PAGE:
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Board Game Review: Red Rising (Collector’s Edition)

I had a board game first this summer: I read an entire series of novels in preparation for playing a board game. When Jamey Stegmaier announced he was designing a new game with Alex Schmidt based on the award winning Red Rising  series by Pierce Brown, his excitement was so palpable that I wanted to understand the draw of the saga held for him. I checked my local library and the first book was already reserved, with a long waiting list in line before me. So I took the plunge and purchased the whole series from Amazon, hoping it would captivate me as it seemed to have done for Jamey.

Start with a narrative universe politically ordered by a tightly controlled color coded caste system;  pull in the concept of a boarding school with quirky teachers (like Hogwarts from Harry Potter) but introduce some structural changes to the school so that only the most socioeconomic elite in the caste system are permitted to attend; have the students compete in fight to the death brutal competitions (evocative of The Hunger Games but more violent and rape-y); explore the dynamic of class struggles and the penchant for revolution the lower castes foment; and you’ve got a good understanding of the Red Rising series that details the life and times of our protagonist, Darrow O’Lykos. To be honest, it’s an intense and difficult read due to the graphic nature of the violence (definitely not a story I want to see acted out on the big screen). But it’s well written literature and it makes you think.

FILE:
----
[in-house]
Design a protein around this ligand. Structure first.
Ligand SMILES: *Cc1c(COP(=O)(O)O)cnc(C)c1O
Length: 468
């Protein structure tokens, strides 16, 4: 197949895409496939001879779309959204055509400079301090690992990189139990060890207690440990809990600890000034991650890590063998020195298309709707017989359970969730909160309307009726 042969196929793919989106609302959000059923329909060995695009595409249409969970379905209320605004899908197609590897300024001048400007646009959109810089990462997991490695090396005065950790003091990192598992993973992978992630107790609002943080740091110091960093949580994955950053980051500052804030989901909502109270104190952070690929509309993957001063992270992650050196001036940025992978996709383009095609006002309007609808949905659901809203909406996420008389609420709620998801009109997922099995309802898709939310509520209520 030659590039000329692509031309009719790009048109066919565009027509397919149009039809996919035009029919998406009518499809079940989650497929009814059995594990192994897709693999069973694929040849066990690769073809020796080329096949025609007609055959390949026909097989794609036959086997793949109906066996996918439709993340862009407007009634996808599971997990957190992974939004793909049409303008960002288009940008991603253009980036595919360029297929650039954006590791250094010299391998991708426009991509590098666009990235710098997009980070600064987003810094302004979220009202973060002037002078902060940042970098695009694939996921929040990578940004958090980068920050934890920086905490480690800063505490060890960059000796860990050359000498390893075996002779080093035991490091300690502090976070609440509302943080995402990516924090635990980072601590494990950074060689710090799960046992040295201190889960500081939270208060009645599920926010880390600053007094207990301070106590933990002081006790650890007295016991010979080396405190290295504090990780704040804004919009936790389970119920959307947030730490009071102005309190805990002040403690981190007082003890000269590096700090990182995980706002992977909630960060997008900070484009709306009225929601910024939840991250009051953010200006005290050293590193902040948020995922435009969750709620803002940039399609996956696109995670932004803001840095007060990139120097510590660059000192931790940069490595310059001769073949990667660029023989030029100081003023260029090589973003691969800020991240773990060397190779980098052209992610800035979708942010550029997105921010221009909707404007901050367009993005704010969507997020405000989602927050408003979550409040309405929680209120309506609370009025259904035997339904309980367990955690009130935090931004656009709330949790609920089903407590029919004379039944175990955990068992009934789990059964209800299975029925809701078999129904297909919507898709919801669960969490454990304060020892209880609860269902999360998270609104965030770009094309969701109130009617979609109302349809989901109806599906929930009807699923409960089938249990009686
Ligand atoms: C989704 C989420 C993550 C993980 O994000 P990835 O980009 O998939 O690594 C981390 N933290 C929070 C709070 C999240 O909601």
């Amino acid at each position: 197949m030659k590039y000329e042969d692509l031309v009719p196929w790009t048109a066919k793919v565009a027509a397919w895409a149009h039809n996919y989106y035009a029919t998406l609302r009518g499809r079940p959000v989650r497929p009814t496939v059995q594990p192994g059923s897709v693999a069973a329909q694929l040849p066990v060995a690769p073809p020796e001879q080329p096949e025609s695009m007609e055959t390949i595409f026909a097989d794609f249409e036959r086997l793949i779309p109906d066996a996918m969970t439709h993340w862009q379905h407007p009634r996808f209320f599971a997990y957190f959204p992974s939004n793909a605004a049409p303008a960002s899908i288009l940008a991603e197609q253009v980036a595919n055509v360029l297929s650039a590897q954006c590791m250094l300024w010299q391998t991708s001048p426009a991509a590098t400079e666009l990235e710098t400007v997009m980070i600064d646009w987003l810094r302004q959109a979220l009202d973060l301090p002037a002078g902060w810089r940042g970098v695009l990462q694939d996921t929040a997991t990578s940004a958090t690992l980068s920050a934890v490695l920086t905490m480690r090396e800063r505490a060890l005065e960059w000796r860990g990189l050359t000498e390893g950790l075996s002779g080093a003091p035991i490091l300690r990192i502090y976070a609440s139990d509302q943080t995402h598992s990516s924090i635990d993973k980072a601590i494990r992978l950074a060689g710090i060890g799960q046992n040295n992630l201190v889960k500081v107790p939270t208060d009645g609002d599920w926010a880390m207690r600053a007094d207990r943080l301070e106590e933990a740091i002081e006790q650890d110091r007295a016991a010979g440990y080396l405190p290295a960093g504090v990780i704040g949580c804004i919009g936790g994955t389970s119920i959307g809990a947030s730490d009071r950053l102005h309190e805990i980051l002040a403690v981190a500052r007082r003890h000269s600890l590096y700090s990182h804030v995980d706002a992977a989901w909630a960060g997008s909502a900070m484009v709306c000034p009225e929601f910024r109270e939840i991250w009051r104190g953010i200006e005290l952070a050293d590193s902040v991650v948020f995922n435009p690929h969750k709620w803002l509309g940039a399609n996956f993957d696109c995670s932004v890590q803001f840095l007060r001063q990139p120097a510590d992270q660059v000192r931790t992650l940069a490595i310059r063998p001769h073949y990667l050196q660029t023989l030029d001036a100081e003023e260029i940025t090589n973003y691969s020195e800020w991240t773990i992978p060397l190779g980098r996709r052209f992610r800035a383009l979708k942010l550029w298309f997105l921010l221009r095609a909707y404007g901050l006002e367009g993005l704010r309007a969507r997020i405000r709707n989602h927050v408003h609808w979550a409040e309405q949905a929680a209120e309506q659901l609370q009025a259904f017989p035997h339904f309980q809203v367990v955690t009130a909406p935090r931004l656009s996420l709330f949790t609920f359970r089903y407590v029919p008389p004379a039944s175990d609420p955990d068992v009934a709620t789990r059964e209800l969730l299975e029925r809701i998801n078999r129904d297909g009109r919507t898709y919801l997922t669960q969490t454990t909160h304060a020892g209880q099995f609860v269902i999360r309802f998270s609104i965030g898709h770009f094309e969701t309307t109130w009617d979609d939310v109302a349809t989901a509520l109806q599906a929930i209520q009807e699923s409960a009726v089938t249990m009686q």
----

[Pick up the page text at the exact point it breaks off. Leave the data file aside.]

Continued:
Once I finished the book series, I was emotionally charged and ready to play Red Rising. I unboxed my review copy, invited over a few friends, and sat down for my first game. Jacqui Davis, Miles Bensky, and Justin Wong designed the artwork for the game and I’d describe it overall as futuristic, with a cartoonish bent when it comes to the character cards.

Before we get into the mechanics of the game, the components for Red Rising  Collector’s Edition warrant a discussion. I loved the weight of the metal influence cubes and fleet tokens handed out to each player. Likewise, the start player token, sovereign token, central board, and house cards are well constructed. And I appreciated the gold foil on the character cards. However, our first group of players gathered around our game table (and subsequent groups I played with) identified nuisance problems with some of the components. Each player’s set of metal influence cubes is  a different color and the yellow and gold sets are difficult to distinguish from across the table. The card holders included exclusively in the Collector’s edition are a disaster.